This also applies to the combination of PACs with liquid Green-lipped mussel and Curcumin. Together, these natural components ensure the effective inhibition of chronic inflammation caused by such conditions as osteoarthritis and rheumatoid arthritis.

References:
[1] Gopalan, A.; Reuben, S.C.; Ahmed, S.; Darvesh, A.S.; Hohmann, J.; Bishayee, A. (2012) The health benefits of blackcurrants. Food & Function 3;795-809.

[2] Declume, C. (1989) Anti-inflammatory evaluation of a hydroalcoholic extract of black currant leaves (Ribes nigrum). Journal Ethnopharmacology 27;91-98.

[3] Watson, J.; Byars, M.L.; McGill, P.; Kelman, A.W. (1993) Cytokine and prostaglandin production by monocytes of volunteers and rheumatoid arthritis patients treated with dietary supplements of blackcurrant seed oil. Rheumatology 32;1055-1058.

[4] Cameron, M.; Gagnier, J.J.; Chrubasik, S. (2011) Herbal therapy for treating rheumatoid arthritis. Cochrane Database Systematic Reviews 1;CD002948.

[5] Garbacki, N.; Angenot, L.; Bassleer, C.; Damas, J.; Tits, M. (2002) Effects of prodelphinidins isolated from Ribes nigrum on chondrocyte metabolism and COX activity. Naunyn-Schmiedeberg’s Archives of Pharmacology 365;434-441.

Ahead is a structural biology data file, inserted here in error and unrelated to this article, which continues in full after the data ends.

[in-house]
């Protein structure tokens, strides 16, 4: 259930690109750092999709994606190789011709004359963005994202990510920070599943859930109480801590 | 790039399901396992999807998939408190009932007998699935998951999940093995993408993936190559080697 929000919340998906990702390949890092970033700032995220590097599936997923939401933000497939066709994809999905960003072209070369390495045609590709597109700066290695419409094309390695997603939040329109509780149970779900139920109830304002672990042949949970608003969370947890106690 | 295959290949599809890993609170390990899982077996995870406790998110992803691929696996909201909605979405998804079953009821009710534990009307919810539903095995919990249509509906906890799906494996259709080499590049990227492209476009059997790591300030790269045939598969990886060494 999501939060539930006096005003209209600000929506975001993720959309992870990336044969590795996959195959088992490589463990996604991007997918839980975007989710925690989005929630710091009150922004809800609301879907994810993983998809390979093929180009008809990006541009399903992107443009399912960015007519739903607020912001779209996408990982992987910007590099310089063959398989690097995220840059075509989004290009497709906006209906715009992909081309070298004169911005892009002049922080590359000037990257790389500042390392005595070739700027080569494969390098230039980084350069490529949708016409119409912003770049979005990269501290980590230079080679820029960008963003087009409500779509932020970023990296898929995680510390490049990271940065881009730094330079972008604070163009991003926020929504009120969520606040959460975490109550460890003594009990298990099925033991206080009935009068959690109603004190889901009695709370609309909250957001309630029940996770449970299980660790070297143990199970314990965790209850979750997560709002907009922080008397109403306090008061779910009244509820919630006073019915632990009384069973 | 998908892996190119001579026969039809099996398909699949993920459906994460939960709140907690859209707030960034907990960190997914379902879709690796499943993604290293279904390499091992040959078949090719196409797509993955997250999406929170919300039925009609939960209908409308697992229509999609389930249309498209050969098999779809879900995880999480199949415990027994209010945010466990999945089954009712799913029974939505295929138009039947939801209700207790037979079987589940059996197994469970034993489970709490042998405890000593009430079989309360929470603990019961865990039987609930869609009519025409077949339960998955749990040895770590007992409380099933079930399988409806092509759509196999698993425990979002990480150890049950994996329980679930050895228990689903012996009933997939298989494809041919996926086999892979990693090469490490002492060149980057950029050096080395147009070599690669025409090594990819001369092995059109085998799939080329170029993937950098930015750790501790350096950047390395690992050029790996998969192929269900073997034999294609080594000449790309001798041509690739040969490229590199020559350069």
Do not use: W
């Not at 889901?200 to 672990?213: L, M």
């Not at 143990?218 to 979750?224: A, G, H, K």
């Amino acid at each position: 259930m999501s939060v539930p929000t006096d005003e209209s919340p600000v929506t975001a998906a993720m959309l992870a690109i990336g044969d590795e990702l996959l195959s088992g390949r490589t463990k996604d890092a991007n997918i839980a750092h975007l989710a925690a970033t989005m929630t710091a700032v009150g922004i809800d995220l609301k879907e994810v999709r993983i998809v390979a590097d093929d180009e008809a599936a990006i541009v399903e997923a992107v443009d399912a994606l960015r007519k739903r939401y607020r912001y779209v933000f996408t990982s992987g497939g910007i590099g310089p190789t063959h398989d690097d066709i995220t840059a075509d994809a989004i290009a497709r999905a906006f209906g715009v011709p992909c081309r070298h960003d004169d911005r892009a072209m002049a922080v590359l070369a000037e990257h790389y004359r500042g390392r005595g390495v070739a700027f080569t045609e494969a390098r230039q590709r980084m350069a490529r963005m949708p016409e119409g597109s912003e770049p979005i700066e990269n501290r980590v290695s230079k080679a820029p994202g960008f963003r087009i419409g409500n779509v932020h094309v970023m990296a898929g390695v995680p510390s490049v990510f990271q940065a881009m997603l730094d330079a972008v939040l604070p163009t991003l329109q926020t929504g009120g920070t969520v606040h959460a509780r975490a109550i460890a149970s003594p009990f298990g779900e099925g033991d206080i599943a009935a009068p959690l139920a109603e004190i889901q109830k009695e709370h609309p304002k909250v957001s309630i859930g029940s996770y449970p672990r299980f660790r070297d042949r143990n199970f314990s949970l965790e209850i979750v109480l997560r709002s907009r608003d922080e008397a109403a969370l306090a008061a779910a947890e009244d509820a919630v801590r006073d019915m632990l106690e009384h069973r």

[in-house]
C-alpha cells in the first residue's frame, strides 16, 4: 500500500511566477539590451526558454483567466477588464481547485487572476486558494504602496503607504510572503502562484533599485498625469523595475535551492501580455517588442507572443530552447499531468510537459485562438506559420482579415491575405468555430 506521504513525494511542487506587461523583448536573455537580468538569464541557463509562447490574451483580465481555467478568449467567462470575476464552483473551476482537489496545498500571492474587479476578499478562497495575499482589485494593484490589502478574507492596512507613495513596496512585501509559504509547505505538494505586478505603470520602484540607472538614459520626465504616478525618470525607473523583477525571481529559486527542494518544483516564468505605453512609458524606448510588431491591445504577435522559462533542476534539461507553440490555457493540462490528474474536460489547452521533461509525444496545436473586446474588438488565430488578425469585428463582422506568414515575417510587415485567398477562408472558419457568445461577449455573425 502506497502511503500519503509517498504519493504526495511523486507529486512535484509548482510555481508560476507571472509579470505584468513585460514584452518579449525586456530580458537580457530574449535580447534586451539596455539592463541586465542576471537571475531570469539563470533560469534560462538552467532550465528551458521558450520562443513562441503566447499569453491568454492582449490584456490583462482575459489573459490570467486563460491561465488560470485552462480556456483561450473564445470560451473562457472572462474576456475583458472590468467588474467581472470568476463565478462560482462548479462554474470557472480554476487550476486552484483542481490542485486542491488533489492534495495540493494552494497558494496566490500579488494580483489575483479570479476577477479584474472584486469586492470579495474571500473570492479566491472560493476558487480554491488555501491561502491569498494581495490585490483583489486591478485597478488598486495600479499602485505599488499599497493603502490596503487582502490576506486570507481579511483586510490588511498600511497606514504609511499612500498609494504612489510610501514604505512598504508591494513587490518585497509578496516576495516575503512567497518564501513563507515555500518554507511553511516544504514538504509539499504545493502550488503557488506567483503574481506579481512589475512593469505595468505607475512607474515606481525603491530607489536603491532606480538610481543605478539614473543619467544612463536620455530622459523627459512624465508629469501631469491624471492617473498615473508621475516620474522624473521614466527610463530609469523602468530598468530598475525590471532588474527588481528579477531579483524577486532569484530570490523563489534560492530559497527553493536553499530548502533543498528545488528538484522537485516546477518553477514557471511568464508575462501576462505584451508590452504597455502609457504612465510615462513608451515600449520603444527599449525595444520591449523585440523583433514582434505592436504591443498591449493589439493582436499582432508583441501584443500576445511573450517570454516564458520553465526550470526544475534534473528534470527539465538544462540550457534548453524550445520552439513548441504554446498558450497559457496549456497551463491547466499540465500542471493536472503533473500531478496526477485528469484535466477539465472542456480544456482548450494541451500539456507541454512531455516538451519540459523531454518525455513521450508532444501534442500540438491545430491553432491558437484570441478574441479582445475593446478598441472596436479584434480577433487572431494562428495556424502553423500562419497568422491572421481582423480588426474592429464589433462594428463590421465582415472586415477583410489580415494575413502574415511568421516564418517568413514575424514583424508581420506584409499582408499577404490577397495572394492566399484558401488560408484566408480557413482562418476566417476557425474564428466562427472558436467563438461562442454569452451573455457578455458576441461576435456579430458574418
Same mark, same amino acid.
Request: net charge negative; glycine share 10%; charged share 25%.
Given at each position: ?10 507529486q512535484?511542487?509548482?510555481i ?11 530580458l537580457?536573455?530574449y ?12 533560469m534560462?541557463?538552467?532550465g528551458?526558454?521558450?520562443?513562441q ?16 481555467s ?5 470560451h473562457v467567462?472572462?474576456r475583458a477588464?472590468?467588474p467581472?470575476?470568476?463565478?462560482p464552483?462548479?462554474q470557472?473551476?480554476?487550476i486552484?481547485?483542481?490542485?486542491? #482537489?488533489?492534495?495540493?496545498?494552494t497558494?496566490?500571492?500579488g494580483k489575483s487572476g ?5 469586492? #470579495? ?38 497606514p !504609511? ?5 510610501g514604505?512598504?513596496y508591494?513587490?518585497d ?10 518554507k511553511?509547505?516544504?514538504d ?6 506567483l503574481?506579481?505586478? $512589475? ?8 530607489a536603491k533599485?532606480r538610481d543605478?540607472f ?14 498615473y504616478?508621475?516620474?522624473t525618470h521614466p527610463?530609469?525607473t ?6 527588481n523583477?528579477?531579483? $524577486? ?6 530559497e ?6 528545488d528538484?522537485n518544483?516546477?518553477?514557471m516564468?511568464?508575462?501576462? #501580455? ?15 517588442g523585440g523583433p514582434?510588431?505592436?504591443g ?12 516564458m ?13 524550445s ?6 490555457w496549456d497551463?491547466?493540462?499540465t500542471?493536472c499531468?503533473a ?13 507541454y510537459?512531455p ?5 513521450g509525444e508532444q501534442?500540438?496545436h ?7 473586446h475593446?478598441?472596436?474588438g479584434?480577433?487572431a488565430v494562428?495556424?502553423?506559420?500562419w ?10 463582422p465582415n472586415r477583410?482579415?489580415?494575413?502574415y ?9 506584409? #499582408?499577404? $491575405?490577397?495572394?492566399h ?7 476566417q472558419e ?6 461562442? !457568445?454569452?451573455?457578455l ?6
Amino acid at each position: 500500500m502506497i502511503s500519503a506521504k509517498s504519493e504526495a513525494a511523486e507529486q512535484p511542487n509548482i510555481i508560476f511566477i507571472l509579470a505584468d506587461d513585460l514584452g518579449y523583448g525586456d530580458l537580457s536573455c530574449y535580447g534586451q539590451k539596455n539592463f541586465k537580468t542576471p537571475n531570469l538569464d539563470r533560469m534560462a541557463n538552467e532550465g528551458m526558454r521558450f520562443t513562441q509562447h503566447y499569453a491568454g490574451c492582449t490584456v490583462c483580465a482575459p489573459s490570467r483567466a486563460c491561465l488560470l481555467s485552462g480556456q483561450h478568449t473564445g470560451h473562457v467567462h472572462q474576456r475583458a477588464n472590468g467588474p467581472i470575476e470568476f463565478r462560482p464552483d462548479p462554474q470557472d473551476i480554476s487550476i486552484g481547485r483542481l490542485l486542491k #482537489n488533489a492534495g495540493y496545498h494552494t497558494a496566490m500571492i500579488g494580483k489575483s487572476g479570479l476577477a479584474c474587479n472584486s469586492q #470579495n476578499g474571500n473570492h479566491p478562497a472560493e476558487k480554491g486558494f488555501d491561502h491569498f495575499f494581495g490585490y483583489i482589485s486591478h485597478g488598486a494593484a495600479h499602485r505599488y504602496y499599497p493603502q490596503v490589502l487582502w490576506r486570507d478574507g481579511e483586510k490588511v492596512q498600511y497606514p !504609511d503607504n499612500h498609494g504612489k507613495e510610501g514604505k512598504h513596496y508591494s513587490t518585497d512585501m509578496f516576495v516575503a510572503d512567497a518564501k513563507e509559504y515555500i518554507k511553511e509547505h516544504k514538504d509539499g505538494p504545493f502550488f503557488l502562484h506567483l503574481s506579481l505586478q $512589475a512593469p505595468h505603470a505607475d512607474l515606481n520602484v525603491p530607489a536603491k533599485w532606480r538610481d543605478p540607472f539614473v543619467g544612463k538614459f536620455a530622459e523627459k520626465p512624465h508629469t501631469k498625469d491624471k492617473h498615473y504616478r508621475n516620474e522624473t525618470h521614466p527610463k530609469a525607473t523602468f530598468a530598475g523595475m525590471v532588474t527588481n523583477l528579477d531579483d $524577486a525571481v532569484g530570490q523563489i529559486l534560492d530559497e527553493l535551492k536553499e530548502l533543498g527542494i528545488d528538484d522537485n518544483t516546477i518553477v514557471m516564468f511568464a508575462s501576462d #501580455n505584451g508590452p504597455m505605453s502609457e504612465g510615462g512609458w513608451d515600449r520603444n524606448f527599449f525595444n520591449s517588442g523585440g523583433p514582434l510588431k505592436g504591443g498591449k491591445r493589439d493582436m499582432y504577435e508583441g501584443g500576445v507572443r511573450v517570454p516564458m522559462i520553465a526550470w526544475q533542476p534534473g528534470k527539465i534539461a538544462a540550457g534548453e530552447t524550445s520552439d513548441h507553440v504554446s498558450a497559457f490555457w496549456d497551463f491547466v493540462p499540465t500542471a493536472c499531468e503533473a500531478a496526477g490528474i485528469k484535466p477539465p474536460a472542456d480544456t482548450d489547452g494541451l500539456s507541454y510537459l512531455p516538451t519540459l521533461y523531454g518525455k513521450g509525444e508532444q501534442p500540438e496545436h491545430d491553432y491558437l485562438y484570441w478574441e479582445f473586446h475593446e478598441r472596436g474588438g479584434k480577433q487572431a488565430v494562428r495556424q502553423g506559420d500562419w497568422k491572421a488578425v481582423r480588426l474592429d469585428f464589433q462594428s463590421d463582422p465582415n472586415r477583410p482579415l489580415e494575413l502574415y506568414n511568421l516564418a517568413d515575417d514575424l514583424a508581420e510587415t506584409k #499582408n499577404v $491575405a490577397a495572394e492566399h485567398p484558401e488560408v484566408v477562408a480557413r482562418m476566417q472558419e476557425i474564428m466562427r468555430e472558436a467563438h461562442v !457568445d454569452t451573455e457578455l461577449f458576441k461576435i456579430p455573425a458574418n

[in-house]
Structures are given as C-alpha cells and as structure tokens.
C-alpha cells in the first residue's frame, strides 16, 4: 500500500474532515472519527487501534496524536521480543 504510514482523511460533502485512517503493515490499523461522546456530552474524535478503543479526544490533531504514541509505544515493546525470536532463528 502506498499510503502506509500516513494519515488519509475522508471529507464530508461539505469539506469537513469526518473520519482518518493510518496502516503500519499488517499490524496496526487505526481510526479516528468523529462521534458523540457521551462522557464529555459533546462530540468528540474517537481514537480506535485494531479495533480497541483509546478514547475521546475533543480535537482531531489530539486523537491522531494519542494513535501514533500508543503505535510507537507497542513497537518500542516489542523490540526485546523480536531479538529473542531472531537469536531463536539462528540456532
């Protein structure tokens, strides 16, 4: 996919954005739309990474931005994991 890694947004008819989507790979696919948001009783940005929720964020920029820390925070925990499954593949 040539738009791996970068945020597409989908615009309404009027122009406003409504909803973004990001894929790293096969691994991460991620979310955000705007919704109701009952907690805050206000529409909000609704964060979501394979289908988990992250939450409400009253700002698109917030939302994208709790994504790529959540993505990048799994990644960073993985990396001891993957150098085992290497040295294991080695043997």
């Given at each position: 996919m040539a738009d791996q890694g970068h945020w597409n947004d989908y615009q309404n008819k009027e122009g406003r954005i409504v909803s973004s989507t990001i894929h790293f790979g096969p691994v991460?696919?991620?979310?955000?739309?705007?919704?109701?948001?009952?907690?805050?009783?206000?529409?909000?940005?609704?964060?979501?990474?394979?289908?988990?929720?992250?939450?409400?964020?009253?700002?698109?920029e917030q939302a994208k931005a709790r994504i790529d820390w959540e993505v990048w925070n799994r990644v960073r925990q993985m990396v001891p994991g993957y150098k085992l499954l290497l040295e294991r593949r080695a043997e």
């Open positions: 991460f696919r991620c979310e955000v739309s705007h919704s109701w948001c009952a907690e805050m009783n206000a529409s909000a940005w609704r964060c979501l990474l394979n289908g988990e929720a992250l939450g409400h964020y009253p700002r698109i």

[6] Haqqi, T.M.; Anthony, D.D.; Gupta, S.; Ahmad, N.; Lee, M.S.; Kumar, G.K.; Mukhtar, H. (1999) Prevention of collagen-induced arthritis in mice by a polyphenolic fraction from green tea. Proceedings of the National Academy of Sciences of the USA 96;4524-4529.

[7] Blaszo, G.; Gabor, M.; Rohdewald, P. (1997) Antiinflammatory activities of procyanidin-containing extracts from Pinus pinaster Ait. after oral and cutaneous application. Pharmazie 52;380-382.

[8] Garbacki, N.; Tits, M.; Angenot, L.; Damas, J. (2004) Inhibitory effects of proanthocyanidins from Ribes nigrum leaves on carrageenan acute inflammatory reactions induced in rats. BMC Pharmacology 4;25.

[9] Garbacki, N.; Kinet, M.; Nusgens, B.; Desmecht, D.; Damas, J. (2005) Proantocyanidins, from Ribes nigrum leaves, reduce endothelial adhesion molecules ICAM-1 and VCAM-1. Journal of Inflammation 2;9.